By then, organizations like the IFL and EliteXC had already sprung up, and because they were public companies, Rebney was able to look over their numbers and see the mistakes they had made. That was good and bad. On one hand, he could learn from their errors; on the other, their failures were spectacular enough to make investors gun-shy.
Over a 16-month span, Rebney flew all over the U.S., pitching 61 investment groups in an effort to raise capital. It was no small commitment, as he was looking for an eight-figure number. Time after time, the answer he heard was not the one he was looking for. The 62nd try came in a phone meeting. The firm, Plainfield Asset Management, had previously been approached by both the IFL and EliteXC to save their sinking ships, and partly because of their familiarity with MMA, they connected with Rebney's plan. He was cut off midway through his pitch and asked how quickly he could get to New York. He was on a red-eye that night, and a deal soon followed.
"One of the coolest things about my job now is I would say something like 15 percent of those people who rejected my pitch have gotten back in touch with me and said, 'I blew it,'" he said.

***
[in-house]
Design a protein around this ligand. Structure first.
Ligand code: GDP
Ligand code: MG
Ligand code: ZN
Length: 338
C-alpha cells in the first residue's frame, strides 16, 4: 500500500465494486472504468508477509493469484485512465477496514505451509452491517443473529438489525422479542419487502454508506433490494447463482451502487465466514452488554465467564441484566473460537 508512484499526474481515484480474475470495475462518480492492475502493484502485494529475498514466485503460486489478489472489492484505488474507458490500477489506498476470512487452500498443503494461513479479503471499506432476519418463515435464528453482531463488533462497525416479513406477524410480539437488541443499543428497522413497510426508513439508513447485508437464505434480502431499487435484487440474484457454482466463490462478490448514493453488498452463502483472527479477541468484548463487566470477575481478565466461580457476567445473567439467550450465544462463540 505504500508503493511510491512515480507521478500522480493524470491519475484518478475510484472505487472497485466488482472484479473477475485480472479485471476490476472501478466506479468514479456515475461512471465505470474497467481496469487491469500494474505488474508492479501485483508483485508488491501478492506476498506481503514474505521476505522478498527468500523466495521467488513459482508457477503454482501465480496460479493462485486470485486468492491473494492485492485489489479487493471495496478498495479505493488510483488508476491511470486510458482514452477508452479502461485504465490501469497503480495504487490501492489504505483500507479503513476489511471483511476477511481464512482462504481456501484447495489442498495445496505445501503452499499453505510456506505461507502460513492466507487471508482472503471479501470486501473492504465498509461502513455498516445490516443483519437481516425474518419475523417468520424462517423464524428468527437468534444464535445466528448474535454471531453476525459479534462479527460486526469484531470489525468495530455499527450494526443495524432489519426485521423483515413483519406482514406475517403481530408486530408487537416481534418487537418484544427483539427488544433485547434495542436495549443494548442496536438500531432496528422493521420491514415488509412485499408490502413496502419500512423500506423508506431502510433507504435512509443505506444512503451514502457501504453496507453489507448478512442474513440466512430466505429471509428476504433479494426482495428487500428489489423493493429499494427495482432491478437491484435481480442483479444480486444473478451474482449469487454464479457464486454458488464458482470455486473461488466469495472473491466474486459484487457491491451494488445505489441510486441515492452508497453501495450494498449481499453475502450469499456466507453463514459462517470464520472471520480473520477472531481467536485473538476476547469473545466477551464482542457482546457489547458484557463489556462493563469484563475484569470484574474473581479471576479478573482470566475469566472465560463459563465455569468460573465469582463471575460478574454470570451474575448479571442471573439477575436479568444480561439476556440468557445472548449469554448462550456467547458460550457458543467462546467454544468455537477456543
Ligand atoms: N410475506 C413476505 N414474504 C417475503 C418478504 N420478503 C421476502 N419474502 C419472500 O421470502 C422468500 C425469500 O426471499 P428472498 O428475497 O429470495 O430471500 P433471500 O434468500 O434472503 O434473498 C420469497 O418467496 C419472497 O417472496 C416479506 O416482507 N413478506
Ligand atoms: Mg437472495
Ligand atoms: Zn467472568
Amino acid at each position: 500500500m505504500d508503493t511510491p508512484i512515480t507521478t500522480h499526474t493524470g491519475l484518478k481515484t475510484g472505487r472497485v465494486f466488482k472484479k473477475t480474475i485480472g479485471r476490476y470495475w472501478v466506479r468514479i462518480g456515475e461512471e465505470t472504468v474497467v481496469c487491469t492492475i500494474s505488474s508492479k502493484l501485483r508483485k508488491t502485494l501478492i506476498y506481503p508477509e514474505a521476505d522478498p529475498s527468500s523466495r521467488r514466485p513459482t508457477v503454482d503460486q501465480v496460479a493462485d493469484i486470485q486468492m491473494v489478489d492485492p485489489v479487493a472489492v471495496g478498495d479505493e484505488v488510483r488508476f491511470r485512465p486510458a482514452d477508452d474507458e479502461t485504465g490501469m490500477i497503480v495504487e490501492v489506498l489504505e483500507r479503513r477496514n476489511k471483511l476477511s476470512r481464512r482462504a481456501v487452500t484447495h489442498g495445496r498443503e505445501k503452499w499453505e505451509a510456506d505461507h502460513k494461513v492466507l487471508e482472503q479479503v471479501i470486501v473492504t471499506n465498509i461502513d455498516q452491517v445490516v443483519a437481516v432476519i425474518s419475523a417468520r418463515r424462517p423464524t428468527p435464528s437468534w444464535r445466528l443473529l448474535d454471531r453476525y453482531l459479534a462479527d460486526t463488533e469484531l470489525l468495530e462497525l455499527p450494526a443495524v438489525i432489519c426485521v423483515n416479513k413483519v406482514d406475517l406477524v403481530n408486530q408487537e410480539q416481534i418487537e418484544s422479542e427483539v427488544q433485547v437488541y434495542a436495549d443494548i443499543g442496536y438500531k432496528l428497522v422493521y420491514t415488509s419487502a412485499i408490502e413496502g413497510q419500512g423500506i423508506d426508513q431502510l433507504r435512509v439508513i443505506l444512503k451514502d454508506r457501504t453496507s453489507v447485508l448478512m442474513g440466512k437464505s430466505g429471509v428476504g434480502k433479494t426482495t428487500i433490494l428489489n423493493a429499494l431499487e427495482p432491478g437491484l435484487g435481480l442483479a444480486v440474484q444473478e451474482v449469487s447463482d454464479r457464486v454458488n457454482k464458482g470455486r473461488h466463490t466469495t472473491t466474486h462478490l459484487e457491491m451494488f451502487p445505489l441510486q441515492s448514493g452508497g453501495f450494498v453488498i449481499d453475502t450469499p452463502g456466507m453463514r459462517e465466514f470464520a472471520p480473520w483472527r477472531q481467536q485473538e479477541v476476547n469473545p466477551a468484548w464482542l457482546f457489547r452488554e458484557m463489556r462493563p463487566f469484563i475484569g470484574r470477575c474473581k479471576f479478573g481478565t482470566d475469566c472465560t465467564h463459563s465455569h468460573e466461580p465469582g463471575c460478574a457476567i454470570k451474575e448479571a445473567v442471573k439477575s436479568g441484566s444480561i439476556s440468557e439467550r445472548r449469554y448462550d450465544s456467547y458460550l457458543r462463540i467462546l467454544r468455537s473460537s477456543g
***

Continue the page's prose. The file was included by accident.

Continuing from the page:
Just after 3 p.m., announcers Jimmy Smith and Sean Wheelock rehearse the show's opening while Rebney watches from the production truck. After so many shows, you might guess everything would flow perfectly, but Smith begins breaking down the wrong fighter, thrown off by the placement on a graphic.
"We always highlight the guy on the left first," he says. Then, when he's told it will be fixed, he pretends he's a diva, adding, "I'll be in the trailer with my bowl of green M&M's."
The line draws a laugh from the crew. Generally, the mood is energetic, like they realize they are still building towards something bigger. It's not exactly a dress rehearsal for the move to Spike, but it's something like it. Neither is there any real rivalry with the UFC, but you can't deny a bit of tension boiling under the surface, like when Spike executive producer Scott Fishman reminds a graphics designer that "MMA Uncensored Live" co-host Nate Quarry, who will help with color commentary during the broadcast, should be referred to as "former MMA fighter," not "former UFC fighter."
By the time 4:30 rolls around, rehearsal has been completed, the arena audio sound has been approved, and Zoila Frausto's banner has been lowered, ironed and re-lifted to hang over the cage alongside her male counterparts. For the next hour, Rebney takes his only break before showtime to take care of other matters. He returns to his hotel room to call his wife and say hello, he makes a few business calls, and he changes into his trademark black suit and black dress shirt, a look he says that is borne out of simplifying the packing process.